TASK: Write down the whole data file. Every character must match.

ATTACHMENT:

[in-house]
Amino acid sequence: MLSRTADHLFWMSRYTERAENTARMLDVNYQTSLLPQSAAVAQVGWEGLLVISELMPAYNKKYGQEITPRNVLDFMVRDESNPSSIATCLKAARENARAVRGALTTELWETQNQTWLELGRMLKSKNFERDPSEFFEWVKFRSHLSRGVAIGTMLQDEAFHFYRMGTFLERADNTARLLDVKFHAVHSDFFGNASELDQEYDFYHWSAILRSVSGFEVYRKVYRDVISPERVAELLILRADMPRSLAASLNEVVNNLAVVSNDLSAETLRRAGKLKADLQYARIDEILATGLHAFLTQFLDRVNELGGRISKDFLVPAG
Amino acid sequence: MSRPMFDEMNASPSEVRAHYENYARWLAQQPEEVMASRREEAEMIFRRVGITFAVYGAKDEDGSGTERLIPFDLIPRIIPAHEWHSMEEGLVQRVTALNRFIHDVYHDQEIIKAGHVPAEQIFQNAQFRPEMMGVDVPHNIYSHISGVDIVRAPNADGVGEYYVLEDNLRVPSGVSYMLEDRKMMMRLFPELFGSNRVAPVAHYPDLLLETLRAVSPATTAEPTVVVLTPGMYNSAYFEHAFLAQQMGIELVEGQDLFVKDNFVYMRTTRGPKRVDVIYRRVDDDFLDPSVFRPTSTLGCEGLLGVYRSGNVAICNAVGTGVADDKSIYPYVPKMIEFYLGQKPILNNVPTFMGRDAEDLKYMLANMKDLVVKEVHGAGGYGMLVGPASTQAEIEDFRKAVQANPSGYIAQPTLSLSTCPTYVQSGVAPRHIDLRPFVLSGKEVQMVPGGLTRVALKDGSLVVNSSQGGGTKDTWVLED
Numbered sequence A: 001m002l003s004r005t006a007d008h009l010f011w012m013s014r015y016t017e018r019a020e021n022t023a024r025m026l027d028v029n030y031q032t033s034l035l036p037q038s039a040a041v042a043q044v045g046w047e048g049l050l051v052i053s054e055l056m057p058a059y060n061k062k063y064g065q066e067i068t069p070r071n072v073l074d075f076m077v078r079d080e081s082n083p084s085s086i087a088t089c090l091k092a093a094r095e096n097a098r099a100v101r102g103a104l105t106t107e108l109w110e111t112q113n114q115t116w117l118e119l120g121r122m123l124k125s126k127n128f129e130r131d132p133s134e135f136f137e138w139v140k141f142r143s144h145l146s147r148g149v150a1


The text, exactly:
[in-house]
Amino acid sequence: MLSRTADHLFWMSRYTERAENTARMLDVNYQTSLLPQSAAVAQVGWEGLLVISELMPAYNKKYGQEITPRNVLDFMVRDESNPSSIATCLKAARENARAVRGALTTELWETQNQTWLELGRMLKSKNFERDPSEFFEWVKFRSHLSRGVAIGTMLQDEAFHFYRMGTFLERADNTARLLDVKFHAVHSDFFGNASELDQEYDFYHWSAILRSVSGFEVYRKVYRDVISPERVAELLILRADMPRSLAASLNEVVNNLAVVSNDLSAETLRRAGKLKADLQYARIDEILATGLHAFLTQFLDRVNELGGRISKDFLVPAG
Amino acid sequence: MSRPMFDEMNASPSEVRAHYENYARWLAQQPEEVMASRREEAEMIFRRVGITFAVYGAKDEDGSGTERLIPFDLIPRIIPAHEWHSMEEGLVQRVTALNRFIHDVYHDQEIIKAGHVPAEQIFQNAQFRPEMMGVDVPHNIYSHISGVDIVRAPNADGVGEYYVLEDNLRVPSGVSYMLEDRKMMMRLFPELFGSNRVAPVAHYPDLLLETLRAVSPATTAEPTVVVLTPGMYNSAYFEHAFLAQQMGIELVEGQDLFVKDNFVYMRTTRGPKRVDVIYRRVDDDFLDPSVFRPTSTLGCEGLLGVYRSGNVAICNAVGTGVADDKSIYPYVPKMIEFYLGQKPILNNVPTFMGRDAEDLKYMLANMKDLVVKEVHGAGGYGMLVGPASTQAEIEDFRKAVQANPSGYIAQPTLSLSTCPTYVQSGVAPRHIDLRPFVLSGKEVQMVPGGLTRVALKDGSLVVNSSQGGGTKDTWVLED
Numbered sequence A: 001m002l003s004r005t006a007d008h009l010f011w012m013s014r015y016t017e018r019a020e021n022t023a024r025m026l027d028v029n030y031q032t033s034l035l036p037q038s039a040a041v042a043q044v045g046w047e048g049l050l051v052i053s054e055l056m057p058a059y060n061k062k063y064g065q066e067i068t069p070r071n072v073l074d075f076m077v078r079d080e081s082n083p084s085s086i087a088t089c090l091k092a093a094r095e096n097a098r099a100v101r102g103a104l105t106t107e108l109w110e111t112q113n114q115t116w117l118e119l120g121r122m123l124k125s126k127n128f129e130r131d132p133s134e135f136f137e138w139v140k141f142r143s144h145l146s147r148g149v150a1